Winter has arrived, and with winter comes lower temperatures. The increased cold presents particular danger to people with advanced lung disease (ALD) in general and chronic obstructive pulmonary disease (COPD) in particular, leading to increased exacerbation frequency and worsening of symptoms.
With the chronic and life-limiting nature of these conditions, patients with ALD and COPD can benefit immensely from timely palliative care and hospice referral and involvement.
Decreased Temperatures, Increased Exacerbations
Evidence in the literature shows the seasonality of COPD exacerbations. A retrospective analysis of the large-scale TIOSPIR® trial found “marked seasonal variation in COPD exacerbations, hospitalization, and mortality.” The authors note that “in the northern hemisphere, the peak for exacerbations is early winter, followed by the peak for hospitalizations in midwinter.”15 An analysis of numerous COPD-related studies worldwide saw a pattern of “clear seasonality in COPD [primary care] consultations” and “increased hospital admissions for COPD exacerbations.”8
As the temperature drops, the rate of COPD exacerbations increases. A study comparing meteorological variables with health system registry data showed an inverse correlation between temperature and COPD exacerbation rate.14
A Prevalent But Underdiagnosed Disease
In 2020, 12.5 million people reported a diagnosis of COPD, chronic bronchitis, or emphysema.6 COPD is the fifth disease-related cause of death.5 In 2019, there were close to 536,000 COPD hospitalizations and 1,320,000 COPD emergency department visits.4
These are staggering numbers, but COPD remains a disease with under-reported prevalence and potential underdiagnosis; according to the CDC, more than 50% of adults with low pulmonary function were not aware that they had COPD.2
With early diagnosis and proper use of advance care planning (ACP) and goals of care (GOC) discussion, the opportunity to involve palliative care early on in the disease course and hospice at the appropriate time can make a tremendous difference in ALD/COPD patients’ and their families’ and caregivers’ lives.
An Opportunity for Improvement
Hospice is underutilized in ALD/COPD patients. While more COPD patients are using hospice and palliative care, they are a small minority of this large patient population. A significant proportion of patients with COPD are not hospice users; consequently, they often receive a disproportionate amount of aggressive interventions at the end of life.13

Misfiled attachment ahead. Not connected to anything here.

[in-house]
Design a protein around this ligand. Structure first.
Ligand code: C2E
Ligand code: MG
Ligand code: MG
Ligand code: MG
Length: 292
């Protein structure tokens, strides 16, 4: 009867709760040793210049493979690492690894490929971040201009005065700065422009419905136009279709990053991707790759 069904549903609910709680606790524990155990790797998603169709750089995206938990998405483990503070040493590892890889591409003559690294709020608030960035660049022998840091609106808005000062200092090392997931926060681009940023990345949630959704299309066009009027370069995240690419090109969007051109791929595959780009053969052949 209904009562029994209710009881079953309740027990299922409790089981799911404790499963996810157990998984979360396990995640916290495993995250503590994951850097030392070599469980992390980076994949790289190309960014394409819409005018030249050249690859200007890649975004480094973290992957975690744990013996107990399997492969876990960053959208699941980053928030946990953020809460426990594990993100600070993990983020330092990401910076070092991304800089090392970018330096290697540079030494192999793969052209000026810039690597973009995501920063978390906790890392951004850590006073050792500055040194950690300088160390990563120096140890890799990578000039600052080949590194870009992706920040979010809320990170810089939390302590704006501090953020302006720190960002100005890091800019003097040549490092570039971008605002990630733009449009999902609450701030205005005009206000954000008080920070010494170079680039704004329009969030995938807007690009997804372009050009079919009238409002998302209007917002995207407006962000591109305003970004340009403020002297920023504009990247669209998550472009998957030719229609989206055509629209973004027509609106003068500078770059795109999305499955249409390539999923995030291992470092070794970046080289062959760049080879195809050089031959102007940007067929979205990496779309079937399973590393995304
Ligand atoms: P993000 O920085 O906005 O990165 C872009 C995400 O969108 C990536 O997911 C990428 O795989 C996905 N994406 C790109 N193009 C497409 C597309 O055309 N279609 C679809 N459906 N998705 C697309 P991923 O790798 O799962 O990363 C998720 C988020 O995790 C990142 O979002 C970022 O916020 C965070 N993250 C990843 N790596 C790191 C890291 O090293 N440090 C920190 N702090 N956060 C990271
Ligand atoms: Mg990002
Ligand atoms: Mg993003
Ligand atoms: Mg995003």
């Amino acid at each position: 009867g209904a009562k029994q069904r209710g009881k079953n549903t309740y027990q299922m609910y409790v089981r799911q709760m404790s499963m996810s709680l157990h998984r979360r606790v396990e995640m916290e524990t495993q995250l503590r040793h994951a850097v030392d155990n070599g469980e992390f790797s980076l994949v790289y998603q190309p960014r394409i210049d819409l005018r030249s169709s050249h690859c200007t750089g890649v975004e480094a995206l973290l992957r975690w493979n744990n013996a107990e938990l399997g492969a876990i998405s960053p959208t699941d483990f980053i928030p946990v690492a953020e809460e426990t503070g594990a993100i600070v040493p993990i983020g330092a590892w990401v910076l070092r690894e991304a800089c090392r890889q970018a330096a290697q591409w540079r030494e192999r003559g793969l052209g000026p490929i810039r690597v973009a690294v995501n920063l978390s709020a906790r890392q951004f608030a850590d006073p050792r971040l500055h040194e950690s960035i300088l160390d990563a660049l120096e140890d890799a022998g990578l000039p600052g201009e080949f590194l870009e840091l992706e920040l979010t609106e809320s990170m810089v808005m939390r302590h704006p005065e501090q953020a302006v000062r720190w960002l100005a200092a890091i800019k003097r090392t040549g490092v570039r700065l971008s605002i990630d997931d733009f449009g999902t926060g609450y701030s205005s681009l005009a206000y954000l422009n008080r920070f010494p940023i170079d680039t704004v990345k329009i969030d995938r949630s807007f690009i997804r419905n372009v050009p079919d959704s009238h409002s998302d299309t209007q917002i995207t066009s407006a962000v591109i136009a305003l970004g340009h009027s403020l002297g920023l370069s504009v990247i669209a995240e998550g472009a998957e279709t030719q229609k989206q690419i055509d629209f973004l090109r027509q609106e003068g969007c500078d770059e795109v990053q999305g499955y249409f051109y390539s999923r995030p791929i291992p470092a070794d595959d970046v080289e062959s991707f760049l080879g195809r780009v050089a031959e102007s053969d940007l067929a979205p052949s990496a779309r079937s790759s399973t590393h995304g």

While there has been a general trend of increased use of palliative care and hospice among COPD patients in the past two decades, “only a minority of patients with COPD die at home or in hospice. Early PC [palliative care] involvement in patients with severe COPD may improve the end-of-life experience and increase hospice use.”16 A greater proportion of decedents from pulmonary disease die in the hospital than individuals dying of cancer, cardiovascular disease, cerebrovascular disease, or dementia.7
For ALD/COPD patients, discussion of ACP and GOC are typically provided too late, if at all. They were less likely to have advance directives in place, leading to higher and more aggressive healthcare utilization near end-of-life that offers little benefit in the face of advanced disease.11
What Patients Want
Patients with advanced respiratory illness want to learn more about end-of-life care. However, patients “report feeling frustrated by poor communication and discussion surrounding ACP, and often feel that important therapeutic and symptomatic goals are not discussed.”3
Notably and concerningly, fewer than one-third of patients with COPD and their caregivers had even heard of palliative care. Only a minority of these patients received formal palliative care referrals, and many are only referred after ICU admission or prior to hospice initiation.7
ACP happens rarely in advanced lung disease, with only about 20% of patients engaging in these conversations on average and almost 30% of these discussions occurring in the last three days of life.9 With timely and appropriate discussion of ACP and GOC, patients were less likely to receive unnecessarily intensive care towards end of life.11
Hospice and Palliative Care Improve Clinical Outcomes
When asked about their goals and needs, patients with advanced illness desired controlling pain and symptoms, avoiding inappropriate prolongation of the dying process, having a sense of control, relieving burdens on family, and strengthening relationships with loved ones.
Greater utilization of hospice during the last 6 months of life is associated with improved patient experience and clinical outcomes.10 Patients with ALD and their families experience improved overall satisfaction with their care, improved symptom control and quality of life, fewer unnecessary procedures and interventions near the end of life and higher likelihood of dying at home. Earlier hospice referral has even been associated with prolonged survival.1